I play in a cover band. And I make no apologies for doing so: my thinking is, until I or a bandmate can write songs as good as the ones I enjoy on a daily basis, I’ll leave the songwriting to others. As I tell people, I don’t write music, I write about music.
And I believe there’s intrinsic value in a good cover band. Now, a tribute band is a different creature, one with a narrower brief: the goal of a tribute band is to copy exactly the sound of the original artist’s material. And sometimes, the look and aesthetic as well. Meanwhile, at their best, cover bands have a different goal: their mission is to play the songs that people will remember (or otherwise respond positively to), but they hold onto some of their own personality in the process. It’s a subtle thing, but a good cover band that plays Sweet‘s “Little Willy,” “The Banana Splits Theme” and Roxy Music‘s “Love is the Drug” can find – and display – the previously unheard connection between those disparate tunes. They do it by adding their own personalities into the mix.
When it comes to powerpop – one of my most treasured genres (or subgenres, if you like), the path is a tricky one as well. For artists intent on writing and performing their own original material, there are parallels with the cover band world. The powerpop band’s mission is to keep things within the style, but to avoid the pratfall of writing and playing the same song over and over again. The best powerpop bands can create songs that connect with the proud tradition of the genre, while highlighting their own unique personality in the process.
It only works occasionally. One of the tangential frustrations of Jordan Oakes‘ peerless Yellow Pills compilations was the experience of discovering a track by a heretofore-unknown artist, then tracking down more music by them, only to find that Oakes had found their very best tune: the others simply didn’t measure up. For every Tommy Keene and Vandalias, there are acts who – apparently – had only one good-to-great track in ’em.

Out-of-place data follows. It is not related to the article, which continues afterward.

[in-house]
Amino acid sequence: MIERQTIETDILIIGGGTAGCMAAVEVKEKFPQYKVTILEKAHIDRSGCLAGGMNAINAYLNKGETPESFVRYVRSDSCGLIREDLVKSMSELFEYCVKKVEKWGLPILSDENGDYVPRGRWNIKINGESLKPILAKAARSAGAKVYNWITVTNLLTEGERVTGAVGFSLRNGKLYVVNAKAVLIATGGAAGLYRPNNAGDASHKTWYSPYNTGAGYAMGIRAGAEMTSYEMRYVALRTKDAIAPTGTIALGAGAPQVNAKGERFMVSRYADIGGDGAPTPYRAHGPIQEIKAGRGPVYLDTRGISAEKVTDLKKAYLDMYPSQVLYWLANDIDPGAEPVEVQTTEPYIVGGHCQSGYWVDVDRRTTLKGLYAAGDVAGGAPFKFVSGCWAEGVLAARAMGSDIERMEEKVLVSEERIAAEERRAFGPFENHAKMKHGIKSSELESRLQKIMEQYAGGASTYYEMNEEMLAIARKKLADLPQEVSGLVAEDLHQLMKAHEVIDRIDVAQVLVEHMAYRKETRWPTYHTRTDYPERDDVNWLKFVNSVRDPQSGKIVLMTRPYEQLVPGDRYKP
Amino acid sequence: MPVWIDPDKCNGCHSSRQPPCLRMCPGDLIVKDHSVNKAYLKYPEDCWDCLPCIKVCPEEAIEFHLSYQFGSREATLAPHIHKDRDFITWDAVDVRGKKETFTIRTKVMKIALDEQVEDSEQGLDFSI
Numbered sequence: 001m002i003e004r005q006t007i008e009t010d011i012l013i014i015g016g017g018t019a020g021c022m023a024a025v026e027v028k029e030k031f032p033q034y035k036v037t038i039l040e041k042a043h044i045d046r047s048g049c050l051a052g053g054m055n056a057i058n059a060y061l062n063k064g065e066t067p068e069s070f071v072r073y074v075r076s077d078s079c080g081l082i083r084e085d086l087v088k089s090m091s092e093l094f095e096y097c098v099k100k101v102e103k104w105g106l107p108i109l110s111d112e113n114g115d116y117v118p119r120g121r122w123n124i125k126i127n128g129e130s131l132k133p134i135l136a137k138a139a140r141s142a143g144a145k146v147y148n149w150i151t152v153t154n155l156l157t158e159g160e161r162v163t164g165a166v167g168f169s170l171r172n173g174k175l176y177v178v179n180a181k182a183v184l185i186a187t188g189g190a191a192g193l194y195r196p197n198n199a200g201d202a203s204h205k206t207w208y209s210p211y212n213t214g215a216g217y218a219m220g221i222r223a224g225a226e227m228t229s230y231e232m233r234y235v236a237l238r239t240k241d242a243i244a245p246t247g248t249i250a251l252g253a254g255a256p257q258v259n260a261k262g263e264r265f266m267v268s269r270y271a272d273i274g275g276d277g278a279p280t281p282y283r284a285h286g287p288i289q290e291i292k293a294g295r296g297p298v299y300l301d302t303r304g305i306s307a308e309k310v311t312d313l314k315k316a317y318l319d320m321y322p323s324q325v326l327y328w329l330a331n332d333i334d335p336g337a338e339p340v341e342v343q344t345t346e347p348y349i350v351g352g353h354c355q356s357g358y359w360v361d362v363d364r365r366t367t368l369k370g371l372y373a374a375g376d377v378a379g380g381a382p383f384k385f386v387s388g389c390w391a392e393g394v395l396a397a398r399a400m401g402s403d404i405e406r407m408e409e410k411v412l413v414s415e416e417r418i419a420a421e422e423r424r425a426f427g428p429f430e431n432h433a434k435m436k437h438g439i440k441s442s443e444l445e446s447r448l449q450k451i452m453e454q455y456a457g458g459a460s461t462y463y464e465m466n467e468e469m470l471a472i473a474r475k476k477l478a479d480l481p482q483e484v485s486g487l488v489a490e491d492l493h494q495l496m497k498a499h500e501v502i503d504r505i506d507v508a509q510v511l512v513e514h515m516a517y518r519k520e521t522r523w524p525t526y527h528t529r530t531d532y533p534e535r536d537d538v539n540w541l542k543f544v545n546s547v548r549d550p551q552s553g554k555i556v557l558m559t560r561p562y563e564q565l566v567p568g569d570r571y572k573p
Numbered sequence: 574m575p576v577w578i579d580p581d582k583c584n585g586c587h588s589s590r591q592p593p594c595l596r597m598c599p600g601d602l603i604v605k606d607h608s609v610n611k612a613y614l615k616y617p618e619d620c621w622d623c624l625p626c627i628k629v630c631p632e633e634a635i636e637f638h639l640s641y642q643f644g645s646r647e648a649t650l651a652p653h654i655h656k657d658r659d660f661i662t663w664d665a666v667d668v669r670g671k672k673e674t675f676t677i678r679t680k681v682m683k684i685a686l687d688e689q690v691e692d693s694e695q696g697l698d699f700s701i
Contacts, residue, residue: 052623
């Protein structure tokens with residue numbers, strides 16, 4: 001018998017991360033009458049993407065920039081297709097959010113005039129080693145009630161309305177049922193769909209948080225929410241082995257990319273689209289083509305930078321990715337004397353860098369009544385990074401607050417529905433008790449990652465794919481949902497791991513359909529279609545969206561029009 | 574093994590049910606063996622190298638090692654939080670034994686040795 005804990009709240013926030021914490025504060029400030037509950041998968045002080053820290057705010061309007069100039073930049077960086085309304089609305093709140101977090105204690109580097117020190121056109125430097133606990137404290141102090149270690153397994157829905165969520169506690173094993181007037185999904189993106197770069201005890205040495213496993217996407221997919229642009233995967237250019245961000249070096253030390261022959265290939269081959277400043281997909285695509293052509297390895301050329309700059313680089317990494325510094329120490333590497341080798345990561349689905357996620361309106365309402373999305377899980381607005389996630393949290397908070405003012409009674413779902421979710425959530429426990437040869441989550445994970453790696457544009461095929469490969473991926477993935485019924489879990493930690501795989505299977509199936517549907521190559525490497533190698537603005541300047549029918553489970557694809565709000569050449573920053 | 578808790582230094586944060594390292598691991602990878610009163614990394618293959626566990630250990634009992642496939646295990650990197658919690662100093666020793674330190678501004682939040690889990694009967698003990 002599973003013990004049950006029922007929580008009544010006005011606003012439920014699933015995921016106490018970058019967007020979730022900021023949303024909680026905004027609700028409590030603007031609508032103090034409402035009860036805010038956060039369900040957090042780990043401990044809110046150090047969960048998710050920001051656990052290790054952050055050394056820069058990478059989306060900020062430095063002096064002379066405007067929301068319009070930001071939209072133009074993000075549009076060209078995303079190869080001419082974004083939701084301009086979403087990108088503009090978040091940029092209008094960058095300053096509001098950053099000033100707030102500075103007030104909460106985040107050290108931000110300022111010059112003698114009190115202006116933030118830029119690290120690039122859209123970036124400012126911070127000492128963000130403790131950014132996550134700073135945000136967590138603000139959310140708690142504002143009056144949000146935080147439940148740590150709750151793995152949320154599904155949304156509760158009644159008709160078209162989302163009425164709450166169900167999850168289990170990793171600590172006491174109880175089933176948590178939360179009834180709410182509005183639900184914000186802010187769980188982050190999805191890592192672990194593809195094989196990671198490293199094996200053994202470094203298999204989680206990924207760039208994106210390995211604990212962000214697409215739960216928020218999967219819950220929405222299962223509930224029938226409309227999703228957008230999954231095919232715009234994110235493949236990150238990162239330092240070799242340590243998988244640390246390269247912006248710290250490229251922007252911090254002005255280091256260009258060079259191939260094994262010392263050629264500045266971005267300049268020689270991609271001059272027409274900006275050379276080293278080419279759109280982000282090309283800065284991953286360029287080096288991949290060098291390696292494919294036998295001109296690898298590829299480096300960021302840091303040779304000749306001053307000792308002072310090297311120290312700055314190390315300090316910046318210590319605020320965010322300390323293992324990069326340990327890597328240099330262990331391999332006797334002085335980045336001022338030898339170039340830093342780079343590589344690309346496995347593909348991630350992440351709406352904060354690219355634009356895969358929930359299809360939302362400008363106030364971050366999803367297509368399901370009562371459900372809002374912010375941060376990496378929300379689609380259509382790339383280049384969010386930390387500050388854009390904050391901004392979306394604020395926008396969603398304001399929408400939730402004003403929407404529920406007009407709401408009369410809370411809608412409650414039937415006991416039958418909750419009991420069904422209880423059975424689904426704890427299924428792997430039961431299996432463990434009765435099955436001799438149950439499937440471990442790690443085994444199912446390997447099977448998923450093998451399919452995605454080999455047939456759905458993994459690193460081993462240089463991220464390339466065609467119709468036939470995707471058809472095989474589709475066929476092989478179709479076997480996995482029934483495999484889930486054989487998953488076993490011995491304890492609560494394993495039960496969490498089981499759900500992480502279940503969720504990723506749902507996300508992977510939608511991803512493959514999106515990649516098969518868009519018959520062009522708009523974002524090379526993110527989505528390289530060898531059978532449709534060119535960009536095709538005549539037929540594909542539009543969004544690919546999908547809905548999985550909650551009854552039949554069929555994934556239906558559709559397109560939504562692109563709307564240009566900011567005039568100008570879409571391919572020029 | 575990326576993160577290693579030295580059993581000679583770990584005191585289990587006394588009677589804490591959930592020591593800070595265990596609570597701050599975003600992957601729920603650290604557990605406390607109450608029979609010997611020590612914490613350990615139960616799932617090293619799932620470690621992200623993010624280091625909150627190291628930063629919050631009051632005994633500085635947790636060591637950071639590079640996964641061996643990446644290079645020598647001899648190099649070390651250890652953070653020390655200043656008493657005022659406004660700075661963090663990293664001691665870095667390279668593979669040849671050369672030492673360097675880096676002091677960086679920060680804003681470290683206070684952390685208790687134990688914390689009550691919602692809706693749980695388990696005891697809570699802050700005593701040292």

The Well Wishers don’t have this problem; they fall decidedly into the successful end of their chosen genre. Dreaming of the West Coast is, I have learned, the fifth full-length release by this, er, group. But on record, at least, they’re not a group at all: in the proud tradition of Paul McCartney, Todd Rundgren and a select few others, The Well Wishers are (or is) Jeff Shelton. Though aided on most tracks by ace drummer Nick Laquintano (and a couple of one-off guest spots by others), Dreaming of the West Coast is the work of a single studio artist using a nom de rock.
I’ll say right now that the songs, singing, playing and arrangement on Dreaming of the West Coast are all fine, sturdy and catchy. But those qualities aren’t enough to make a powerpop album worth your hard-earned cash, because, let’s face it: those qualities are the baseline for powerpop. If the music isn’t up to those standards, well, we have plenty of other choices.
But with Dreaming of the West Coast, Shelton has crafted a sweepingly varied collection of songs that evoke the best the genre has to offer. There’s that thread of personality woven through the songs, but to their unending credit, The Well Wishers don’t settle in with a particular vibe. Shelton’s multi-tracked harmonies often suggest early Posies, and in fact his sweet/sour balance recalls Dear 23 in several places, most notably on “Truth is Coming Home.” But there’s a bit of Byrds-by-way-of-REM jangle imbued in many of the tracks as well (“Here Comes Love” is a fine example).
Chugging guitars that rock out in that Midwestern Cheap Trick/Material Issue way are in ample supply here. But there’s a delightfully unexpected psych/freakbeat vibe served up on a raving cover of The Smoke‘s “Have Some More Tea.” Not simply retreading the song, Shelton crosses it with a bit of guitar work that recalls The Open Mind‘s “Magic Potion” and some windmilling Pete Townshend riffage. It’s the rare powerpop act that mines Nuggets II: British Empire and Beyond for inspiration. It’s rarer still to find an act that doesn’t overdo it, making that influence just an important part of a balanced powerpop diet.
In whole, The Well Wishers are a band who have ingested the best nutrients from Big Star, Badfinger and the Raspberries, but who balance that influence with a more long-view perspective that takes in and synthesizes the best of what came before – and after – in the genre. The result is easily one of the best albums of its kind in recent memory. As Shelton says in a snippet of audio verité that ends “Mother Nature,” an instrumental raver that closes the album, “I think that’s a hit. Should we listen back?” The answer is a resounding, and repeated “Yes.”
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